My twins had a birthday party last week, and five of their school friends came to our house for a sleep-over. For weeks before-hand the twins and I agonized over what to ‘do’ at their party besides serve cupcakes. They suggested Legoland, Build-a-Bear, Sea World, or Mani/Pedis at the Salon. I told them those options were all out of our budget. They cried inconsolably for days. “All the other kids get to do that stuff!” they moaned.
Indeed, nowadays, that ‘other stuff’ is standard fare for birthday parties. Activities and adventures must take place. At the least there must be a bounce house. Or a DJ. Perhaps a snow cone machine? Endless hours are spent shopping and assembling and storing goody bags, which are then passed out to the guests as if they’ve just attended an awards show and everyone’s a millionaire, not at an eight-year-olds birthday party on a suburban street in Anywhere, USA.
We took the girls to the local rose garden here in Temecula. There are stone tables to eat Little Caesar’s $5 dollar pizzas on, and best of all, not only is it free, but kids can be free here – run up and down trails or hide behind bursting rose bushes without an adult constantly hovering over them.
There are also alpacas. Not in the rose garden itself, but across the street, as part of someone’s suburban alpaca farm. The girls lined up outside the homeowners’ fence, mesmerized by the wide-eyed, long-necked, fuzzy creatures. The owner magically appeared out of the barn, and with a smile invited our girls in to feed the alpacas their dinner. Whoo-Whee! Our pack of girls squealed with delight. As they approached the alpacas in a tight little cluster, the alpacas turned their heads and moved away from them in synch, like trained ballet dancers. The owner told the girls how alpacas stay bunched together all the time. “These are all girls, too, and they eat together, sleep together, even go to the bathroom in the same spot.” he told them with a laugh. “Just like all of you poking your heads up between my fence tonight, begging for attention, too!”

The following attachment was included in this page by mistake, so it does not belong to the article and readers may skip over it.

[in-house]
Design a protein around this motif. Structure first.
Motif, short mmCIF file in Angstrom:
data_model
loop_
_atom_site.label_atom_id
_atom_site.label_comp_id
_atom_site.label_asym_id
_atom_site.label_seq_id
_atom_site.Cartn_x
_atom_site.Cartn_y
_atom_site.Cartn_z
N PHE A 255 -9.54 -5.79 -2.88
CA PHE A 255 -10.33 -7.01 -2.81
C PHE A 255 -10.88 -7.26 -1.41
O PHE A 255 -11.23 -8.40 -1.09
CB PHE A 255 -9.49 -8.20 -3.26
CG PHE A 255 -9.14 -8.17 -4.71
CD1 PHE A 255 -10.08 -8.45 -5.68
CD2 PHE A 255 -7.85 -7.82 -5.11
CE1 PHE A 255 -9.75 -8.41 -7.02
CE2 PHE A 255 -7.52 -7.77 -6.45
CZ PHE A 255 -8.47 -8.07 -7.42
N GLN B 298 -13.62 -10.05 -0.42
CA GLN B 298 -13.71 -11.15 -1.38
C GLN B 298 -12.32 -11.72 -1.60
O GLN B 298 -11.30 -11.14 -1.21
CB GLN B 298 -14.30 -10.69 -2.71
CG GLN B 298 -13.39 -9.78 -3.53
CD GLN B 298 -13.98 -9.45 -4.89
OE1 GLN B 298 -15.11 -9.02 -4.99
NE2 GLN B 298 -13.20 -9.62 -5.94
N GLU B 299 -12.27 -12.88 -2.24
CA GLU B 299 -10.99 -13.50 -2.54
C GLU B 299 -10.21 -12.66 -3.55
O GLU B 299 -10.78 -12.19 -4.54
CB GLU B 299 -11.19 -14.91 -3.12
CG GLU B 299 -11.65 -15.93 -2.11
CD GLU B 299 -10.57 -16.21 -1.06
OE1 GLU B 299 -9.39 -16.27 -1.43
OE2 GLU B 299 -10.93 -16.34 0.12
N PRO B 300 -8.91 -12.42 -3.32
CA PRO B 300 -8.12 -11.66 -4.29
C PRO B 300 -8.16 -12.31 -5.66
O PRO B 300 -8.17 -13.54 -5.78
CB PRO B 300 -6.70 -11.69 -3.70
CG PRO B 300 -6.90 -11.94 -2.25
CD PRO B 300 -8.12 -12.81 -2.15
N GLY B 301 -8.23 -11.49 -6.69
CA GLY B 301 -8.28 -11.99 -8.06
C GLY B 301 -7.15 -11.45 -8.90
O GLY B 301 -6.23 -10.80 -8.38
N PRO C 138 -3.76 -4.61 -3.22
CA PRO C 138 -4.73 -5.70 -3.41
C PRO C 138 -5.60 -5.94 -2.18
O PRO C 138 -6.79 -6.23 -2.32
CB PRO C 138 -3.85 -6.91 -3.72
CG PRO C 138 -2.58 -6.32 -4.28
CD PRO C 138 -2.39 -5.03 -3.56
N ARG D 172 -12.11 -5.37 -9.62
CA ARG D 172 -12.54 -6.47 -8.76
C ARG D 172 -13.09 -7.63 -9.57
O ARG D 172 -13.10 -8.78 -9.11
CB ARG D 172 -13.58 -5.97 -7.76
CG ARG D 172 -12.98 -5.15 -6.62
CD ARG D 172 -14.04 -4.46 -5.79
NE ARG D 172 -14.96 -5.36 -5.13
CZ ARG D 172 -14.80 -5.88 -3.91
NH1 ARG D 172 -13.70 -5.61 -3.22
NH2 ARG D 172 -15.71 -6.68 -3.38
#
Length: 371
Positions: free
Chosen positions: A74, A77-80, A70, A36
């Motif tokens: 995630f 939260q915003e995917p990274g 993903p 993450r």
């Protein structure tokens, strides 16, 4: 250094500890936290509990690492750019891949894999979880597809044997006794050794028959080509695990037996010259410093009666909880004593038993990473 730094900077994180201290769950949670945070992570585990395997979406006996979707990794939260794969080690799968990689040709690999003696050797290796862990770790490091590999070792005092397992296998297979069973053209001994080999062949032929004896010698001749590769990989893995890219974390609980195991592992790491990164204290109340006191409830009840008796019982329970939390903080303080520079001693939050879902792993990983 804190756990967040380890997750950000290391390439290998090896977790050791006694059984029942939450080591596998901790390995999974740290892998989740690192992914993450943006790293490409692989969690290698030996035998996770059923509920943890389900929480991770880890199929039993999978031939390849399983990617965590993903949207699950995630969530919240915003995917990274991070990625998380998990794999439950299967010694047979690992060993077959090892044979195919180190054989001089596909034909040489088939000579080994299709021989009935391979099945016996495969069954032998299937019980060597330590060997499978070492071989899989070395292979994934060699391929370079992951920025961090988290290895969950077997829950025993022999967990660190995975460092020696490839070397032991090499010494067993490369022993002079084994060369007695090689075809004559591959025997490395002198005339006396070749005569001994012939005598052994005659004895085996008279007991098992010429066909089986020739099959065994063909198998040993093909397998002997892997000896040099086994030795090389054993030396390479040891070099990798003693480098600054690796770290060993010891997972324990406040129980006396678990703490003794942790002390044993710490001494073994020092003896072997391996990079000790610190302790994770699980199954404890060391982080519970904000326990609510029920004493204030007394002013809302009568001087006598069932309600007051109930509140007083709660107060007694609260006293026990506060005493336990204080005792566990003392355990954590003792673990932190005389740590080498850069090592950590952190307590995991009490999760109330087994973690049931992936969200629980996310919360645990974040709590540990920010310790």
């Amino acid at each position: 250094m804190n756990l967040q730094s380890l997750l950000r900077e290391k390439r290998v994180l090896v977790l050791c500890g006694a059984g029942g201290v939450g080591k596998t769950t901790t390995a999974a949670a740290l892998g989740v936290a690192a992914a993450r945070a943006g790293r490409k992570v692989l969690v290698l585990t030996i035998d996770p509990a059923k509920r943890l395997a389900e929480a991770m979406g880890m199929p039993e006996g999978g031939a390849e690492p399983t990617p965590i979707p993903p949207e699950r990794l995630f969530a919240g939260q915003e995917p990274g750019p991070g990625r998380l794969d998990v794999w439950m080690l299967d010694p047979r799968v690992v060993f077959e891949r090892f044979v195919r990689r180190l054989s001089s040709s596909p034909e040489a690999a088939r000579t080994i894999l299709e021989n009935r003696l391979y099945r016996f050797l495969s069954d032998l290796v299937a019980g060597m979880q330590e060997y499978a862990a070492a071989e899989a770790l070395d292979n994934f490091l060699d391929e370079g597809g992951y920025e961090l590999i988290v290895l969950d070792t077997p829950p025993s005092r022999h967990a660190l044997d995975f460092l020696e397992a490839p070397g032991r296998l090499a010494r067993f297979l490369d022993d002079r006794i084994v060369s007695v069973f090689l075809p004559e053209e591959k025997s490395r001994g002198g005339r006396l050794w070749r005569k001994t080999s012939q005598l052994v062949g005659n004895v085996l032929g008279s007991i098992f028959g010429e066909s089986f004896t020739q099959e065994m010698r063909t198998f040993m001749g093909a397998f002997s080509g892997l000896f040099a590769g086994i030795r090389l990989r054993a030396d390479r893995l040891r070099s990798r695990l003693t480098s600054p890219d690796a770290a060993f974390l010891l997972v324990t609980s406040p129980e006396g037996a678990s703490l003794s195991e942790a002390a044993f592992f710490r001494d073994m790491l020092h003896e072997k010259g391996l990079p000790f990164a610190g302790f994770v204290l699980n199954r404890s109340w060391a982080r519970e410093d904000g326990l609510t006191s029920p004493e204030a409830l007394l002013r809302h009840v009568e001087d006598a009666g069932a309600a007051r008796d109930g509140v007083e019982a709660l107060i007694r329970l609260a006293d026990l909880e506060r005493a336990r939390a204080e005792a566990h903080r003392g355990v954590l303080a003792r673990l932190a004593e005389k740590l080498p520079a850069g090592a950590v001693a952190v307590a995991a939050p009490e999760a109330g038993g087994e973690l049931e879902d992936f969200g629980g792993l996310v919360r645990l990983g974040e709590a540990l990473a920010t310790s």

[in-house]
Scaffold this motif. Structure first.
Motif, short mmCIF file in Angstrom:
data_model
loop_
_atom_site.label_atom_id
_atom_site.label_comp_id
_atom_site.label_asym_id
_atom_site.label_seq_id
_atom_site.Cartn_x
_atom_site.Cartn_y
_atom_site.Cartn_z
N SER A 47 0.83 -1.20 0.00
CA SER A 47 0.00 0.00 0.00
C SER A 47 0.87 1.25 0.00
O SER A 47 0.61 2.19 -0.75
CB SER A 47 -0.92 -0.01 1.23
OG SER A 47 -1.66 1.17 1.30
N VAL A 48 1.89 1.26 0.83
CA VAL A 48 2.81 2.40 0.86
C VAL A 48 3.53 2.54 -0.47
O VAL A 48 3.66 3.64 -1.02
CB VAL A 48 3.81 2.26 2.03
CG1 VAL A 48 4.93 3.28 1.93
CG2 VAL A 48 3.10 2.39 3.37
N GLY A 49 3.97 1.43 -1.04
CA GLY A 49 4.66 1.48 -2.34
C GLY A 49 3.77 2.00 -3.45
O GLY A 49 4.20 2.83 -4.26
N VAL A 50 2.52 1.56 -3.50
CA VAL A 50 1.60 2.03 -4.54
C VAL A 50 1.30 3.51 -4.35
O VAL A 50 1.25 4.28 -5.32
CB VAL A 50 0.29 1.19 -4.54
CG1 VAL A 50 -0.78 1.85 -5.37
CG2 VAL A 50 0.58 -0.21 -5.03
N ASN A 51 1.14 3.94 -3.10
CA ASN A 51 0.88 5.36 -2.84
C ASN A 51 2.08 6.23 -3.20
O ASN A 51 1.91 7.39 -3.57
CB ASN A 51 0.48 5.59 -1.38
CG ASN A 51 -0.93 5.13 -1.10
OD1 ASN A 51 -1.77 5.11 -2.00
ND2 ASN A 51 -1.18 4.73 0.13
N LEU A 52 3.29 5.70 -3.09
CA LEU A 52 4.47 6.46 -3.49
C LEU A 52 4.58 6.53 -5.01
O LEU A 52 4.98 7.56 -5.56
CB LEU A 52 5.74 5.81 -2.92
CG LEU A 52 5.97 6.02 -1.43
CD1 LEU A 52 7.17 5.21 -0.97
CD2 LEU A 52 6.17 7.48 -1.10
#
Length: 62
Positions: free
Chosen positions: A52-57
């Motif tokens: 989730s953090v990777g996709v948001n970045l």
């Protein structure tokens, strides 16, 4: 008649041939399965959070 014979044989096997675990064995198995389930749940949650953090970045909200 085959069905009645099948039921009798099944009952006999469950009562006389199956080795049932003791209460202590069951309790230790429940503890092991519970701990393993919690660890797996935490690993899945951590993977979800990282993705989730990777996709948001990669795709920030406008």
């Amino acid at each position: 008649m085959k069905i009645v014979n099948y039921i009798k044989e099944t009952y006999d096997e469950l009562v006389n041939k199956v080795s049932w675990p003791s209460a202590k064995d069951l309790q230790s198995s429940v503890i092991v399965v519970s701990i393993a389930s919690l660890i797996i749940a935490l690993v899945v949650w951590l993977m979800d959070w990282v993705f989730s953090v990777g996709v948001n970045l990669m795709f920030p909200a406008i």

As the girls roamed amongst the alpacas, I couldn’t help but notice how innately grouped our little humans and alpacas stayed. It seems no matter how hard we try, that herd instinct is alive inside us all. If one mom passes out goody bags after a birthday party, why, we all better do it! If most suburban women sport fake nails and waxed eyebrows, then by golly, off to the salon we go.
When the girls were done meeting and greeting alpacas, they crossed the street back to the rose garden, content to blow bubbles long into the fading sunlight. As I clicked away with my camera, I heard my daughter say to her friend, “I thought this party was going to be a bust, but it’s the best, isn’t it!”
Sometimes it pays to fight our animal instinct and buck the trend. Sometimes you can capture a moment of random kindness when a stranger opens their door and lets you in to feed some alpacas. And unlike any goody bag, sometimes the best things in life truly are free.